The United Kingdom, Germany, India and Australia have all experienced several significant cyber-attacks targeting government and federal services in the last 14 years, however their status as a target pales in comparison to that of the United States, according to new research from Specops Software.
The US has fallen victim to a huge 156 separate ‘significant' cyber-attacks in the period between May 2006 and June 2020. Significant attacks include assaults on a country's government agencies, defence departments, or prominent high-tech companies, and which feature coordinated attacks which incur economic losses totalling more than a million dollars.
For the US, this equates to an unenviable average of 11 significant cyber-attacks targeting its government or high-value infrastructures every year.
This includes the likes of the recent breach in May of this year, discovered by the country's National Security Agency (NSA), which found that Russian hackers were exploiting a bug in a commonly used email server to infiltrate sensitive data from American organisations.
To compare with other nations' records, the second country down the list, the United Kingdom, was the target of 47 significant attacks in the 14-year period between 2006 and 2020.
When added to the tallies of India, Germany and Australia - with 23, 21 and 16 significant attacks suffered respectively - the combined total of cyber-attacks within the 14-year period still does not come close to the United States' total tally.
And there are no signs that significant attacks on government agencies and high-value assets will stop any time soon.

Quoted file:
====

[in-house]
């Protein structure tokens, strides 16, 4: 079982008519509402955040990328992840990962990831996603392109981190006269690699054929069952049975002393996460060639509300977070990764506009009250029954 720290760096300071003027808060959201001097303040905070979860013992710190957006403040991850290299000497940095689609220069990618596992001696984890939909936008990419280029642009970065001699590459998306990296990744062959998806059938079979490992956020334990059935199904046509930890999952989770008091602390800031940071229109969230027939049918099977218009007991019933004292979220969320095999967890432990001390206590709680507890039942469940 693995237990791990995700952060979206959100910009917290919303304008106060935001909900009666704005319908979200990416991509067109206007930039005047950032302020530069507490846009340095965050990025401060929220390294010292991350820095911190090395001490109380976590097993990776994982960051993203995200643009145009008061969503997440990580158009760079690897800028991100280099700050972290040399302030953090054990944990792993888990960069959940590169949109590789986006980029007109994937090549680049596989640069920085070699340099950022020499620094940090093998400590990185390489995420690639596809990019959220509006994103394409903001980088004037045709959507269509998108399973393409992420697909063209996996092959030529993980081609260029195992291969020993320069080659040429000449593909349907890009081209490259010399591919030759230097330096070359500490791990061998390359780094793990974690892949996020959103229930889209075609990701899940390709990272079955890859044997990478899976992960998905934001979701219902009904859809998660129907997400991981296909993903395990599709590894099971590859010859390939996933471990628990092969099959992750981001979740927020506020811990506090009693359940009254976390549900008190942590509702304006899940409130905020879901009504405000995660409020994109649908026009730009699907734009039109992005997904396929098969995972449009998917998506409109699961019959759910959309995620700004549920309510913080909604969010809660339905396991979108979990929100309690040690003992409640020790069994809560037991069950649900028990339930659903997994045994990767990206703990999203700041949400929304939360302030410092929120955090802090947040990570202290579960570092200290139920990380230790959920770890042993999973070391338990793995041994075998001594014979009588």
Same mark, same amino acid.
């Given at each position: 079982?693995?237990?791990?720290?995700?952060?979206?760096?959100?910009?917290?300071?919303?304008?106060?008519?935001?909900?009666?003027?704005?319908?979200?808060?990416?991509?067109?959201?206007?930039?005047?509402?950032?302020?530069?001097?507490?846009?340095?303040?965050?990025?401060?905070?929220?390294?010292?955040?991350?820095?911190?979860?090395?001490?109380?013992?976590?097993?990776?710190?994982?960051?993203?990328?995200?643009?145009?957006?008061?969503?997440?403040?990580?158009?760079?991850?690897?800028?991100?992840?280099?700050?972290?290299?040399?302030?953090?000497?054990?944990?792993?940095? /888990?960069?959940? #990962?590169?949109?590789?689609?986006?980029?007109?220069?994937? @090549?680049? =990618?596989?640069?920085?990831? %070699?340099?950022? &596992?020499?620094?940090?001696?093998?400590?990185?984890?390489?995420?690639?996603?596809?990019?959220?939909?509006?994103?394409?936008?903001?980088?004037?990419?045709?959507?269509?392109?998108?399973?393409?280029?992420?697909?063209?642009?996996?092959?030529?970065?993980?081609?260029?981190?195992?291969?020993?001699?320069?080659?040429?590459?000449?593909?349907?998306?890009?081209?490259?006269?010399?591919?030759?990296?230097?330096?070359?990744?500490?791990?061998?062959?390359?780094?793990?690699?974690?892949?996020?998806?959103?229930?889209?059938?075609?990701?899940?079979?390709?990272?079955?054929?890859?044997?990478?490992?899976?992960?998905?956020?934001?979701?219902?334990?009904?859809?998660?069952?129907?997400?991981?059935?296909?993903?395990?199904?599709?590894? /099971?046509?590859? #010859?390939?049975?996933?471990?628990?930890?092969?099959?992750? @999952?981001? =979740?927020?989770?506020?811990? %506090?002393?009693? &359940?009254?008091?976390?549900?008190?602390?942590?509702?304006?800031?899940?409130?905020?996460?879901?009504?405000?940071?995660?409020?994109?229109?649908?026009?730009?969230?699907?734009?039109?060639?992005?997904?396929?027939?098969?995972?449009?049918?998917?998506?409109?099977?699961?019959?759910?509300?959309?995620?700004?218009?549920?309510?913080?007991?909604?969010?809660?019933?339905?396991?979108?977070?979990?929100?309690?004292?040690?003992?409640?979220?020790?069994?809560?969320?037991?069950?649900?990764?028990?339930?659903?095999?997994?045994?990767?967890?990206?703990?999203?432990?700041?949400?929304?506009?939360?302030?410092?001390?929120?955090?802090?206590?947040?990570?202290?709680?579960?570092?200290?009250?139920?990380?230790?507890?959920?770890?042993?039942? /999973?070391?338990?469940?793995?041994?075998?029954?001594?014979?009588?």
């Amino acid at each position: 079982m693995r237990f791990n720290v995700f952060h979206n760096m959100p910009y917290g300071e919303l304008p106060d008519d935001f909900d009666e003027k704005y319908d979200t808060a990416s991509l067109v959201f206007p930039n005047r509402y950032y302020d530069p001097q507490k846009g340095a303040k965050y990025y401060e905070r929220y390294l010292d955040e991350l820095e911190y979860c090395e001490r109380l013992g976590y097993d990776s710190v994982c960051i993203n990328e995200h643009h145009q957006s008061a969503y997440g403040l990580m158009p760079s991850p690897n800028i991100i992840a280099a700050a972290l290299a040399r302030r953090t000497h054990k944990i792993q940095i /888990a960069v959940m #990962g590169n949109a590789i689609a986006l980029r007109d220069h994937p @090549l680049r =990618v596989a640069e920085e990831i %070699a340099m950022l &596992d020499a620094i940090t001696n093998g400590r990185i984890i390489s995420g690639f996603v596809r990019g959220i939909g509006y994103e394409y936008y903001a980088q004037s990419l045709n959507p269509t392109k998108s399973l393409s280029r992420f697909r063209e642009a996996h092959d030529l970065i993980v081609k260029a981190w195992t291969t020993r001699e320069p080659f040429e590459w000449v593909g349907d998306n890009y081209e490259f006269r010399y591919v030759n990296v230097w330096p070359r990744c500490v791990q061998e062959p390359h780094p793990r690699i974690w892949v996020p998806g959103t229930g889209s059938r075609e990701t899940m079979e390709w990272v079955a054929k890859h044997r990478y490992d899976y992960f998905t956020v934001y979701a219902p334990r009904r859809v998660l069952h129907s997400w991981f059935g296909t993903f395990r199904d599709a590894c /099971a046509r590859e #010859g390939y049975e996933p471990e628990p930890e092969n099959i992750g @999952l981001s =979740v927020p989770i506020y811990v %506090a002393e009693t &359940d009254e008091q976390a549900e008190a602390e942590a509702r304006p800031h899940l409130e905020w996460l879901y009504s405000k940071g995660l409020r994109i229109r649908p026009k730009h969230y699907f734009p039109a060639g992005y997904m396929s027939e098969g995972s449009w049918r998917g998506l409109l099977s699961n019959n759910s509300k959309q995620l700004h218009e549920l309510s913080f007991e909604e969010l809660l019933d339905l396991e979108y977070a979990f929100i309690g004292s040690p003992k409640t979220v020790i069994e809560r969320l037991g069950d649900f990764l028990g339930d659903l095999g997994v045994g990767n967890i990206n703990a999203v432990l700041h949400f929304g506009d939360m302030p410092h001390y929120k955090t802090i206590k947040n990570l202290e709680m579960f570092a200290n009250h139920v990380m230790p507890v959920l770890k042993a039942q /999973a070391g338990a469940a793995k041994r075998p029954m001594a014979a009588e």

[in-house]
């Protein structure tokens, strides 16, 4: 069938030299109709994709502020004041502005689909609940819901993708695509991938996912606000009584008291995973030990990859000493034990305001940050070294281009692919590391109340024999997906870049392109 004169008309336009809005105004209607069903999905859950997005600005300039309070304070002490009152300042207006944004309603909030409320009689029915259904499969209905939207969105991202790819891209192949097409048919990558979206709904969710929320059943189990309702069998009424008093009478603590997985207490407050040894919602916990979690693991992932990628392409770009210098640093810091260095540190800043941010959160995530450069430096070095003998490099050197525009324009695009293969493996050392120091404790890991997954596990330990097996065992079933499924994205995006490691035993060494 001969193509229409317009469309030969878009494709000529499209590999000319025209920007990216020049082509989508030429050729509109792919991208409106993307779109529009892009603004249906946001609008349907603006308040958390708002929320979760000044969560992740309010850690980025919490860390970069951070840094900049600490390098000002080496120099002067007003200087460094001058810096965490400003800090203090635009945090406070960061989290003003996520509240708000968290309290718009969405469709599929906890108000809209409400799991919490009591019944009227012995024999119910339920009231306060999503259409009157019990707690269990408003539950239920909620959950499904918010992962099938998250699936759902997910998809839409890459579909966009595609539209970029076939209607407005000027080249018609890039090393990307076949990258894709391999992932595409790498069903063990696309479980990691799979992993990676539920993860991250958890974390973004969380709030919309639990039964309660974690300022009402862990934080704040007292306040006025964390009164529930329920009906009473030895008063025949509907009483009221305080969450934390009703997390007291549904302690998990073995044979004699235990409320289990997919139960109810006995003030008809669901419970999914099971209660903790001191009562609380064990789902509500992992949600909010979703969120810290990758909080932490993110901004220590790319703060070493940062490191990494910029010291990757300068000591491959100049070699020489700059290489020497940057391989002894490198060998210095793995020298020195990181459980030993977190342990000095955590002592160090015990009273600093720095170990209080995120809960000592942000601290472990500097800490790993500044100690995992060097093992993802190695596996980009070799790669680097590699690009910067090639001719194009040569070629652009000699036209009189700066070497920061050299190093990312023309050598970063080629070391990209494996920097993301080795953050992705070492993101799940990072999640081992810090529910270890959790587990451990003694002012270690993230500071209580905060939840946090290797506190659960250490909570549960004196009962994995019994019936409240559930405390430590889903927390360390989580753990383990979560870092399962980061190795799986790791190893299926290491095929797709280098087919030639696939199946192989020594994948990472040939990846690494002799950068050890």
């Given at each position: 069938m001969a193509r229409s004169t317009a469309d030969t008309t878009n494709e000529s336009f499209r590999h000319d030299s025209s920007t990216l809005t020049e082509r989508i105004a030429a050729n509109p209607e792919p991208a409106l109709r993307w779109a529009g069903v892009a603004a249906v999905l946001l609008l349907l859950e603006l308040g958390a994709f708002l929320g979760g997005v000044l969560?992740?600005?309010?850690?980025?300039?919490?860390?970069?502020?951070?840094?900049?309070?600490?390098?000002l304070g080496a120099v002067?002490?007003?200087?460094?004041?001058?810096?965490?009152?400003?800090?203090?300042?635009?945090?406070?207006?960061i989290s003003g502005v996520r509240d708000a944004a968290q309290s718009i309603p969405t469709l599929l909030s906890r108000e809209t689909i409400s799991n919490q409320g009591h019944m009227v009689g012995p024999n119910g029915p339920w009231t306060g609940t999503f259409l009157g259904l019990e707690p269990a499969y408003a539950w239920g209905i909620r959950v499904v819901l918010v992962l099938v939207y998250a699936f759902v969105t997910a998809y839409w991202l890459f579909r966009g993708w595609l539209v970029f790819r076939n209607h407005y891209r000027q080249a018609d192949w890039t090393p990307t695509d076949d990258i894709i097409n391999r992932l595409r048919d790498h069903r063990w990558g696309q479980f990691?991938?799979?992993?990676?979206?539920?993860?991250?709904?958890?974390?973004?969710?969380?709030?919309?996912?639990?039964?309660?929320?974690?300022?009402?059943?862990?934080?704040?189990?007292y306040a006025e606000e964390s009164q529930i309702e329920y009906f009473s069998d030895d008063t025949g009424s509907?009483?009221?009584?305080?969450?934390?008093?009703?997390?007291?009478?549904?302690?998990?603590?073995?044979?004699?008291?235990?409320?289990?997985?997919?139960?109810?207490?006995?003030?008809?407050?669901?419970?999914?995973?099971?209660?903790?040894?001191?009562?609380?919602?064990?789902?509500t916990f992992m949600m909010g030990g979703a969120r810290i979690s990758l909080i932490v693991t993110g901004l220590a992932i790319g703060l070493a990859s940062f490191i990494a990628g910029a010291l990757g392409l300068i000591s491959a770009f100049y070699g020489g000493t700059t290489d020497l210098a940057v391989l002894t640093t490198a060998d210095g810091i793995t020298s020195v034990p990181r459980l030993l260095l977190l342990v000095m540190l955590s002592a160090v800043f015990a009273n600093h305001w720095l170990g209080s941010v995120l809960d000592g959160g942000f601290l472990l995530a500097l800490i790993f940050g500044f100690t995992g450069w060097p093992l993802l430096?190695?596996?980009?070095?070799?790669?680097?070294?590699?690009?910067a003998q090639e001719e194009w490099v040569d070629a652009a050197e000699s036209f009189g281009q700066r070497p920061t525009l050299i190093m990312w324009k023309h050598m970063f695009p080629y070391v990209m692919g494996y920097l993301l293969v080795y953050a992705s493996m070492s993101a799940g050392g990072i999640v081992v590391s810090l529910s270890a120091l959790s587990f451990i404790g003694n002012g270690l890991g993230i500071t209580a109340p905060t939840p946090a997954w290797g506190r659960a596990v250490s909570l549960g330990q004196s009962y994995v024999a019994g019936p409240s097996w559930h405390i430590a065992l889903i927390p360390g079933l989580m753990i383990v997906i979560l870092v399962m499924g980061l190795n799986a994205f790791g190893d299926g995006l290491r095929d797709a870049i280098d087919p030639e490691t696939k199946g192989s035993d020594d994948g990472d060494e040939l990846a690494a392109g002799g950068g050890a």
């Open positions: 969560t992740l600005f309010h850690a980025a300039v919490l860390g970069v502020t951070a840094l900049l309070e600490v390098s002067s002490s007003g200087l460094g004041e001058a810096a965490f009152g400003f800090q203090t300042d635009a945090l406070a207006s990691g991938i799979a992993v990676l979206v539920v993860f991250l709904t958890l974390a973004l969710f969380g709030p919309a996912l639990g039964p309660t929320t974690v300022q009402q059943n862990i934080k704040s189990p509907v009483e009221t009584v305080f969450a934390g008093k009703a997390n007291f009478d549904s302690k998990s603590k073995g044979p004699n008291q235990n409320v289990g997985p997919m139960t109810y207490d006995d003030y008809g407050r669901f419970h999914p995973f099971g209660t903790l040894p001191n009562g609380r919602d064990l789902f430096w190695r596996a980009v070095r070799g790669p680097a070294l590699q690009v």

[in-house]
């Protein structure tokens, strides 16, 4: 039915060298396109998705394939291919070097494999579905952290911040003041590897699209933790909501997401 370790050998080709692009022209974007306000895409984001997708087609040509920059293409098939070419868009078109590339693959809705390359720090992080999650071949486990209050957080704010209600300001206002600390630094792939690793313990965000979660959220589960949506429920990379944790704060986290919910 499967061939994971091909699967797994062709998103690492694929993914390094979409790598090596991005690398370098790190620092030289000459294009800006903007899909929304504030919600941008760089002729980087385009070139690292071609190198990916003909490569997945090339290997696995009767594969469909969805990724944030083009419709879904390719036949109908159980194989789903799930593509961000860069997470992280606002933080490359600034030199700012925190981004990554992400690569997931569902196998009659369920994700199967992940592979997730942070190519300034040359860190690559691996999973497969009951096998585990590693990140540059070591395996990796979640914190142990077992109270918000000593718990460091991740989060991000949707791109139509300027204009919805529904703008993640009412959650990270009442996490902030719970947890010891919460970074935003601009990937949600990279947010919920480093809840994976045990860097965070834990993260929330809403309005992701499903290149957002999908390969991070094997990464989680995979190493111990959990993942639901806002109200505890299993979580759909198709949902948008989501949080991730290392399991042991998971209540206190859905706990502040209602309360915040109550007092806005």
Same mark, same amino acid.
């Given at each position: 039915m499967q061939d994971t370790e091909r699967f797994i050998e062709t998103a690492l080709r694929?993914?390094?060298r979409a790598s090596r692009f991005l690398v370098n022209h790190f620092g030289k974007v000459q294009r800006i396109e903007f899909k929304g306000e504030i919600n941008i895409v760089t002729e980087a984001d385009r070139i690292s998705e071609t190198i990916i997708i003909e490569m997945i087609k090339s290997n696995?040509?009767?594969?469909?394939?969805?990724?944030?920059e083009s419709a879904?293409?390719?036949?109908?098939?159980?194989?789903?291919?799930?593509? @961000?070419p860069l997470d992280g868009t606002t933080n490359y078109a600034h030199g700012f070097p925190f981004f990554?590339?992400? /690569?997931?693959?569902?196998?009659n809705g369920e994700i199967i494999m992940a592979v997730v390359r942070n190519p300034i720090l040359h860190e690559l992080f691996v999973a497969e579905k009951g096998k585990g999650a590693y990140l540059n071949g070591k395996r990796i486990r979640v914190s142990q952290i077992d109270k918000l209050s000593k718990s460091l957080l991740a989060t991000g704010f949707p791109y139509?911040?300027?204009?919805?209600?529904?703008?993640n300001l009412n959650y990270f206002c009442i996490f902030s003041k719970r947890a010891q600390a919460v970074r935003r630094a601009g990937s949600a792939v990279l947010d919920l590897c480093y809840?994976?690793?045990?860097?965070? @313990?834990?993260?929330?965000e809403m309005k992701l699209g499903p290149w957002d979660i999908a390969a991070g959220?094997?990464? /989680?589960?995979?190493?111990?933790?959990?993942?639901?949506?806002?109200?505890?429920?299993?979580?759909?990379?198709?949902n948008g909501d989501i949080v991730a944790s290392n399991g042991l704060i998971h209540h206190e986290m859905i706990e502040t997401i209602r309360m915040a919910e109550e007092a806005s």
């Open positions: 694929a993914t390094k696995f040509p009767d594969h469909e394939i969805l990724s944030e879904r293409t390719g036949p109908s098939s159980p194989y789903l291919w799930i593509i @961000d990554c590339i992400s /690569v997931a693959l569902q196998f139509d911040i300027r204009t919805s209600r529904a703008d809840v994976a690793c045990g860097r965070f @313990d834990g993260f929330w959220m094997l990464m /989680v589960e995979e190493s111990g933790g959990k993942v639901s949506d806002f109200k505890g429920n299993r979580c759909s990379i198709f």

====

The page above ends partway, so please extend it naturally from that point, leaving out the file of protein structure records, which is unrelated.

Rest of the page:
In fact, according to estimates from Cybersecurity Ventures, the cost of cyber-attacks to the global economy will reach a massive US$6 trillion per year if the prevalence and sophistication of cybercrime continues on its current track.
“No one can rest on their laurels when it comes to cybersecurity,” says Specops Software cybersecurity expert Darren James.
“This research highlights the frequency of cyber-attacks which have devastatingly affected key political, social and economic institutions within different countries.
“Whilst some countries have had to deal with more cyber-attacks classified as significant than others, it's an important reminder for those in notable positions of power the role they can play in providing the public sufficient and continual governance on what online best practices they can implement to prevent their IT estate from being exploited by opportunistic cyber-criminals”.
The report from Specops Software comes only a few weeks after Australian Prime Minister Scott Morrison announced a ‘sophisticated state-based cyber actor' was carrying out a malicious and widespread cyber-attack on businesses and governments in the country.
Morrison added that political organisations, education, health, essential service providers and other 'critical infrastructure' were also being targeted by the attack.
It added to the country's total tally of significant cyber-attacks as compiled by Specops Software, bringing it to 16.